Democratic National Committee chooses a chairman from the party establishment
27 February 2017
Thomas Perez, secretary of labor under Obama and the candidate of the bulk of the Democratic Party establishment, was elected chairman of the Democratic National Committee at a DNC meeting in Atlanta, Georgia Saturday.
Perez defeated his main challenger, Representative Keith Ellison of Minnesota, by 235-200 on the second ballot, after falling one vote short of a first-ballot victory. The close vote revealed tensions within the Democratic Party in the wake of the crushing defeat of presidential candidate Hillary Clinton, and the dismal position of the party in Congress, governorships and state legislatures, where the Obama presidency coincided with drastic losses in lower-level offices.
While only 39 of the DNC’s 447 members backed Sanders last year against Clinton, Ellison’s total was five times as large. This reflects both a shift in the composition of the committee, as well as a decision by sections of the party establishment, personified by Senate Minority Leader Chuck Schumer, to bring Sanders, a former independent, more directly into the party leadership.
Former DNC Chair Howard Dean also gave his endorsement to Ellison, along with numerous congressional Democrats and union officials. Ellison also had the backing of the Democratic Socialists of America and other groups, including pseudo-left organizations that orbit around the Democratic Party and seek to give it a “left” face.
In the end, however, the assembled delegates went for Perez, a candidate with firmer establishment credentials who enjoyed the open support of former Vice President Joe Biden and the tacit backing of Obama himself.
Immediately after his victory, Perez nominated Ellison as party vice-chairman, which was approved by a voice vote of the DNC members, in a bid to paper over the divisions between former Sanders and former Clinton supporters on the committee.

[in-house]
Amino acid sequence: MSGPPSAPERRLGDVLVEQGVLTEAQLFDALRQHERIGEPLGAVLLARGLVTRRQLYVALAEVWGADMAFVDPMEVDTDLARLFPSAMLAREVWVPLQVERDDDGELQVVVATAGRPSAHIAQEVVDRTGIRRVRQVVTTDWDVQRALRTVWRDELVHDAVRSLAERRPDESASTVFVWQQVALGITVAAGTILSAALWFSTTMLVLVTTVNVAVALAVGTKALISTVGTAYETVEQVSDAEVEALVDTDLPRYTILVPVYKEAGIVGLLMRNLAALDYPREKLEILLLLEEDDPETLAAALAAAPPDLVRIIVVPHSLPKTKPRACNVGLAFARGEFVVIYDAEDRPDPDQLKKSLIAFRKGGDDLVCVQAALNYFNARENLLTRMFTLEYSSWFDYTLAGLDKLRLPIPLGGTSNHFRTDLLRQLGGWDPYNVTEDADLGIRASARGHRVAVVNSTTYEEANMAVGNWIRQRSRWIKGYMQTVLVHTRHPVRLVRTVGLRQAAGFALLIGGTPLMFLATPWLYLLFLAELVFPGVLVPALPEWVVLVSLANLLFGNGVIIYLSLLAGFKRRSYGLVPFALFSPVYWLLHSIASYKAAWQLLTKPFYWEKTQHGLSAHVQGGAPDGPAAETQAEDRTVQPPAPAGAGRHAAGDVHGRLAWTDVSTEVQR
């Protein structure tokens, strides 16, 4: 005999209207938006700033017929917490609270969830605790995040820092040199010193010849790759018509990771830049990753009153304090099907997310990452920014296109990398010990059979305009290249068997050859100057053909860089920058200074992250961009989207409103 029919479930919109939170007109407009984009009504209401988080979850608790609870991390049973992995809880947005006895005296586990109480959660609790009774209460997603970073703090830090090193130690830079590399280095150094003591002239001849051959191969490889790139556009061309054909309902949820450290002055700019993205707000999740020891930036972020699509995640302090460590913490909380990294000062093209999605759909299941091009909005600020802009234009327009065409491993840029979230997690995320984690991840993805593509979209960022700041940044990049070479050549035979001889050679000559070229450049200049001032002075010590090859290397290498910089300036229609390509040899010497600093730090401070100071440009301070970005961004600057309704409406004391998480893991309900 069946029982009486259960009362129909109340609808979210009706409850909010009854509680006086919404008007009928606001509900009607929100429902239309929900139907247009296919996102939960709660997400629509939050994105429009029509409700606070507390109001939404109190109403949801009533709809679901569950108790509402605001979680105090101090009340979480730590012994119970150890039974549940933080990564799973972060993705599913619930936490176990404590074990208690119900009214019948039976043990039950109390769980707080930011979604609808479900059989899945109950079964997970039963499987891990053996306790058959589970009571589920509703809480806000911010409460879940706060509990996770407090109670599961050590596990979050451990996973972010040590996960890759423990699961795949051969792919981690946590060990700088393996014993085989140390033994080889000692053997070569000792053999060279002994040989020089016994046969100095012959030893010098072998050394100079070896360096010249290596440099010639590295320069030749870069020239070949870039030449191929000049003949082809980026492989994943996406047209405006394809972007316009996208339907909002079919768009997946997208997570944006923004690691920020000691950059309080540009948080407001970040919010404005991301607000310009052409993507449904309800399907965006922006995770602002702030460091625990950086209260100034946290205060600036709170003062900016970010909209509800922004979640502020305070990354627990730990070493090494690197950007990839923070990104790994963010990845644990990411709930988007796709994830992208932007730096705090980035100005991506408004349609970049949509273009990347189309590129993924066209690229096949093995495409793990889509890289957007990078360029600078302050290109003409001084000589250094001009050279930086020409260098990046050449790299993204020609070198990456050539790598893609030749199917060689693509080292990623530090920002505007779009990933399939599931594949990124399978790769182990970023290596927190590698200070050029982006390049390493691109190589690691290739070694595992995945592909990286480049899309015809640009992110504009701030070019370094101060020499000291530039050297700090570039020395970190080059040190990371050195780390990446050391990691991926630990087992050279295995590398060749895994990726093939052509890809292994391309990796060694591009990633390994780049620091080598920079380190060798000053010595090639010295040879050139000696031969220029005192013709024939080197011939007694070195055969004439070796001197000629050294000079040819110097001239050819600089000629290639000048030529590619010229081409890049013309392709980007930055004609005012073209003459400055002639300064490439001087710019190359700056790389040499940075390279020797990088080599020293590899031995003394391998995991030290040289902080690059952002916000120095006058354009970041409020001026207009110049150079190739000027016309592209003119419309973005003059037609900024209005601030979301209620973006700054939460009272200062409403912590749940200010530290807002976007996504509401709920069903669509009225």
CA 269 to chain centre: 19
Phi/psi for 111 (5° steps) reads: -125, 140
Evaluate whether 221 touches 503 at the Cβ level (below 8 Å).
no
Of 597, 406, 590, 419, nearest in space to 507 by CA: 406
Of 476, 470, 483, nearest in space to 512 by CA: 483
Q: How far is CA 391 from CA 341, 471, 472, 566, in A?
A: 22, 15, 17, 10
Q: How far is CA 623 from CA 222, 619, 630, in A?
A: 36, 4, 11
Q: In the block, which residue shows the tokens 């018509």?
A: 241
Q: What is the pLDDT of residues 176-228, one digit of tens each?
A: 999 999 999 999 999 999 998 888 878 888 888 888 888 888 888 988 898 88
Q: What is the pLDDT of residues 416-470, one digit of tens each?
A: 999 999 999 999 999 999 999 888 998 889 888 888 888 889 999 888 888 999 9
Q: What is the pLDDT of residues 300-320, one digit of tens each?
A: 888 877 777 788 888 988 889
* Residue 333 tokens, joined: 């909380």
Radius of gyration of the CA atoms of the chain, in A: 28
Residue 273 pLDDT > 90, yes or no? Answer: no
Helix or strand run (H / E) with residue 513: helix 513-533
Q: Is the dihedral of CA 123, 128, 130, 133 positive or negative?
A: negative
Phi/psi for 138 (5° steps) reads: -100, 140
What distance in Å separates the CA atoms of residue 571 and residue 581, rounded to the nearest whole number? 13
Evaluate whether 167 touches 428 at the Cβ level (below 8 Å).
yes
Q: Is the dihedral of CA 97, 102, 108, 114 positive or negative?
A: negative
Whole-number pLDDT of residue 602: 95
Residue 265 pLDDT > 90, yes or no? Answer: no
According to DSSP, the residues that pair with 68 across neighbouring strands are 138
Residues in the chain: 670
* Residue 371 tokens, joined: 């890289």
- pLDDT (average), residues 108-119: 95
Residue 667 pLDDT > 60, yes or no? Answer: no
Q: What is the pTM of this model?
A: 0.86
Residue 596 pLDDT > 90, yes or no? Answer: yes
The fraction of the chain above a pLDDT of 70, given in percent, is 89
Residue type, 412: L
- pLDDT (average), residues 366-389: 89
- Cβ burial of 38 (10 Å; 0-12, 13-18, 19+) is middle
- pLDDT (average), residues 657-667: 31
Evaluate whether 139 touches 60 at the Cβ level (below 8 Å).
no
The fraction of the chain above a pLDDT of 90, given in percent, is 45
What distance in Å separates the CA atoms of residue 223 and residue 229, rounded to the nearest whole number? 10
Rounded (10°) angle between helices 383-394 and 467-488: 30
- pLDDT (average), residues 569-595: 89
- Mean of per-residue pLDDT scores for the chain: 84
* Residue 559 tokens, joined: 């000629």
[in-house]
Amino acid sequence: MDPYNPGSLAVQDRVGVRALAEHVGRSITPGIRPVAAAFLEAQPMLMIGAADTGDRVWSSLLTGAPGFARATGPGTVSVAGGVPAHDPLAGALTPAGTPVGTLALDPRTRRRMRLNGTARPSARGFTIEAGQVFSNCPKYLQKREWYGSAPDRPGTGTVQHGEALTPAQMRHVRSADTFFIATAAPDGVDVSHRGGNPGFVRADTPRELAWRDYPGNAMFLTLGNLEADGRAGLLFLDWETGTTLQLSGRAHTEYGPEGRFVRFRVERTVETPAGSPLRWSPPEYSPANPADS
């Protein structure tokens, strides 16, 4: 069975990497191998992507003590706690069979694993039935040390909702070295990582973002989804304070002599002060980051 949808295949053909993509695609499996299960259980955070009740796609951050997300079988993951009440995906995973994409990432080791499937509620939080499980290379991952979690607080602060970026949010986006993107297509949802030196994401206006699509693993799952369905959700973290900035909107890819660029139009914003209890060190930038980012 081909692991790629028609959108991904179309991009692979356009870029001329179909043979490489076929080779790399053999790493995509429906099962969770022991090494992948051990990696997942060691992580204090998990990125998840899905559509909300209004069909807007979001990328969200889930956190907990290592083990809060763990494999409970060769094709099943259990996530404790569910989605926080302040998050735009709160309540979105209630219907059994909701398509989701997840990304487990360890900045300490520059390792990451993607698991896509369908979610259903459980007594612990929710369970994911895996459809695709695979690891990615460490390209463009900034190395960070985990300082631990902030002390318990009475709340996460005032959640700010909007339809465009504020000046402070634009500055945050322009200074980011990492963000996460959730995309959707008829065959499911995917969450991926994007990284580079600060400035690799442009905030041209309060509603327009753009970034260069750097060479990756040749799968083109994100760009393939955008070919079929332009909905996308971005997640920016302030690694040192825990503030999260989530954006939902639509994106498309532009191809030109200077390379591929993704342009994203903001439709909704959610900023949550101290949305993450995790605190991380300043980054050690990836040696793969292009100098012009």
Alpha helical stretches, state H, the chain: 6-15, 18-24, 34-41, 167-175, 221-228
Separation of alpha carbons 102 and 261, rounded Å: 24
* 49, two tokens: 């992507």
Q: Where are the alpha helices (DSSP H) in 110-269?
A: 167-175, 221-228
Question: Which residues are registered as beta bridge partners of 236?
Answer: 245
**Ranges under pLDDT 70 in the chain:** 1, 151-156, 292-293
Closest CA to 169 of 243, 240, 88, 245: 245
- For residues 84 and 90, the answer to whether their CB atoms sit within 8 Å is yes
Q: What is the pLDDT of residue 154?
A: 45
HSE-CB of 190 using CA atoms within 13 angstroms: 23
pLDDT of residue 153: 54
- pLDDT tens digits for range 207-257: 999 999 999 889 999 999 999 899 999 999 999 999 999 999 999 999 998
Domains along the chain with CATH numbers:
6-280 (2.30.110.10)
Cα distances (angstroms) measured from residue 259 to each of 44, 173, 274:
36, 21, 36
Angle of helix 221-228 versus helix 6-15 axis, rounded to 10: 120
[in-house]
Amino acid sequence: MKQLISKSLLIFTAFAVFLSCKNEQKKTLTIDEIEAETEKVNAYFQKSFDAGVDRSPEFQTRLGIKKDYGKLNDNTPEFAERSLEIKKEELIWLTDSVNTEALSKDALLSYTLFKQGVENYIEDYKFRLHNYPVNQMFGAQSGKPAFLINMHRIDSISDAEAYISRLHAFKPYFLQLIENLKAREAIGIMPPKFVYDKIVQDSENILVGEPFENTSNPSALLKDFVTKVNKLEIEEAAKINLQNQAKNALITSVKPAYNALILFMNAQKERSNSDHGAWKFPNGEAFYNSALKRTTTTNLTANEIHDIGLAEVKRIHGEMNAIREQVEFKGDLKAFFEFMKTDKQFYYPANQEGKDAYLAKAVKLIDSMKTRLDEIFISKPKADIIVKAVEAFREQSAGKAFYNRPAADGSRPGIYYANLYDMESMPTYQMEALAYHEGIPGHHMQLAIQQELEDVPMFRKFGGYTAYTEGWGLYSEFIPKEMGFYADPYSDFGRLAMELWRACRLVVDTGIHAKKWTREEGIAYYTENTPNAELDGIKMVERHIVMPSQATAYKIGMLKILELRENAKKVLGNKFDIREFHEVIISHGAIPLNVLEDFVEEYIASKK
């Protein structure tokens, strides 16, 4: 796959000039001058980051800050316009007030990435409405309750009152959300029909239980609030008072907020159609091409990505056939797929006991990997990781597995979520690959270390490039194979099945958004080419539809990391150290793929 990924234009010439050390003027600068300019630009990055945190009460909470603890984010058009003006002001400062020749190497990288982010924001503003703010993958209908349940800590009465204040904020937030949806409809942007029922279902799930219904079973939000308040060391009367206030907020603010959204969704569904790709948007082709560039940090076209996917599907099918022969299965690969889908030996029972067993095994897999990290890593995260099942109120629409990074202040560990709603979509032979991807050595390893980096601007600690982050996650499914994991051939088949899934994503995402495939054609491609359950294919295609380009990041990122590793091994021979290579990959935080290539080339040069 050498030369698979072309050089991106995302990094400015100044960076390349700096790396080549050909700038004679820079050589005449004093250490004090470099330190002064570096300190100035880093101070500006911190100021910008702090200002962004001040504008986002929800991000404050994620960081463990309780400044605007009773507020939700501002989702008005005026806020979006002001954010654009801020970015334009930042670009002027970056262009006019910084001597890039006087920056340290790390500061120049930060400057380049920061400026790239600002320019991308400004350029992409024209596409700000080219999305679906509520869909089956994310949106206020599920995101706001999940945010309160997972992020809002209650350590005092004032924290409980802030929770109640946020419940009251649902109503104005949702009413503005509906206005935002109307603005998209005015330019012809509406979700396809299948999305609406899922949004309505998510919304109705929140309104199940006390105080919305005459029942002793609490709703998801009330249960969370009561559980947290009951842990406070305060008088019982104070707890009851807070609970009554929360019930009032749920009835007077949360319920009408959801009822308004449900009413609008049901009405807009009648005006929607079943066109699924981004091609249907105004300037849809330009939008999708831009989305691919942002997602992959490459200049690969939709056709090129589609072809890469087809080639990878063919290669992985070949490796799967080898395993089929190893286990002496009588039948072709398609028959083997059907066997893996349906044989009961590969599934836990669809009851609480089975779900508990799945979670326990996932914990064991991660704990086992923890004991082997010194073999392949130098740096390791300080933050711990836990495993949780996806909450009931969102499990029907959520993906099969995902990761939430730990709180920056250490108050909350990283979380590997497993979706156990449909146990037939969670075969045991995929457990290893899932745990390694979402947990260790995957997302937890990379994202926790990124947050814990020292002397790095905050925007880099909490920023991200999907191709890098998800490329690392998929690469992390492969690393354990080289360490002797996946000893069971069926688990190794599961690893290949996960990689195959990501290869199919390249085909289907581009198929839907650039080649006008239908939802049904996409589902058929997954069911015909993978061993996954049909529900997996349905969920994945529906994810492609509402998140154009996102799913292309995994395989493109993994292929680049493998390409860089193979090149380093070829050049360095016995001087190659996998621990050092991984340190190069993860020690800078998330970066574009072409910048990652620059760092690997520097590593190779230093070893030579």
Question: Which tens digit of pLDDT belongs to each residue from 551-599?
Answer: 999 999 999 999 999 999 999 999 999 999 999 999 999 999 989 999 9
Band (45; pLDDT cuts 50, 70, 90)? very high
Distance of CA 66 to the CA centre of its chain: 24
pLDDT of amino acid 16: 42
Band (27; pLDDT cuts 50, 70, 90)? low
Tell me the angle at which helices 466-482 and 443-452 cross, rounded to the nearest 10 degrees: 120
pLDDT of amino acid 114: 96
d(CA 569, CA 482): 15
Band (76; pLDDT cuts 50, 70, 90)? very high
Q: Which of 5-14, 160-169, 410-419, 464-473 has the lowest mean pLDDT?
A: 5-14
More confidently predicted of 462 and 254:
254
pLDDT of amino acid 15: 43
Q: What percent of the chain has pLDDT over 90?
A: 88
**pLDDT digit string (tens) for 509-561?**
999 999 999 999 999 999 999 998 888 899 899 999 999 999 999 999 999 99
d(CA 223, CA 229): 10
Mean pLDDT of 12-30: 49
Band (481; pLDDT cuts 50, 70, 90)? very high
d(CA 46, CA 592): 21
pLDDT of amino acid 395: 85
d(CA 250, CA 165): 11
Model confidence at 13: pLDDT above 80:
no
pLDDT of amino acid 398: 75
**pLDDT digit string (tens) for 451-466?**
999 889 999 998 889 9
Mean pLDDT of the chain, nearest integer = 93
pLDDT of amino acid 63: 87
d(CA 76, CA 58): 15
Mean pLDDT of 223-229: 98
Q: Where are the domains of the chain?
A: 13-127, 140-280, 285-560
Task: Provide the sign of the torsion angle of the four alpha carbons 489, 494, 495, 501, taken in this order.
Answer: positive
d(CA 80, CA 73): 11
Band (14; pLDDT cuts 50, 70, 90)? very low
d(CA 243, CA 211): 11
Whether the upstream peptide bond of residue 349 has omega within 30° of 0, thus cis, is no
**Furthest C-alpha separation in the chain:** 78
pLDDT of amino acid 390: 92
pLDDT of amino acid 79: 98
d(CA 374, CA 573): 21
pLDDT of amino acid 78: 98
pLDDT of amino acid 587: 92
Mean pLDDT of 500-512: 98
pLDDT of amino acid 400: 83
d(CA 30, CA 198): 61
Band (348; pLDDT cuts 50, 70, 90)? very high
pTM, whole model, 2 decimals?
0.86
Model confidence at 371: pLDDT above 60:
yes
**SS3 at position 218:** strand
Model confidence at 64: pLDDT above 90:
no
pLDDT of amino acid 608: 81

For all the factional divisions between Sanders and Clinton backers and recriminations over the loss of the presidential election, there was virtually no discussion of policy or program during the campaign for the DNC chairmanship.
During a Democratic leadership debate last Wednesday on CNN, political questions were hardly discussed at all. Instead, nine-tenths of the proceedings revolved around technical aspects of electioneering, and how to repair the party’s image. The remaining one-tenth was reserved for endorsements of imperialist foreign policy and bellicose threats against Russia.
Ellison, when pressed by the CNN moderator, declared his support for the US alliance with Israel as a cornerstone of foreign policy in the Middle East, in an effort to counter the whispering campaign against him because of his Muslim faith.
When the topic changed to the unsubstantiated allegations that Russia was responsible for last year’s hacking of Democratic Party emails, the candidates took turns denouncing Russia and Trump as a Russian agent.
The candidates did not even hint that the party’s election debacle last November might have had something to do with the fact that eight years of austerity and war under Obama had engendered mass disillusionment and anger. Instead, they blamed their losses on a combination of insufficiently vigorous campaigning and Russian interference.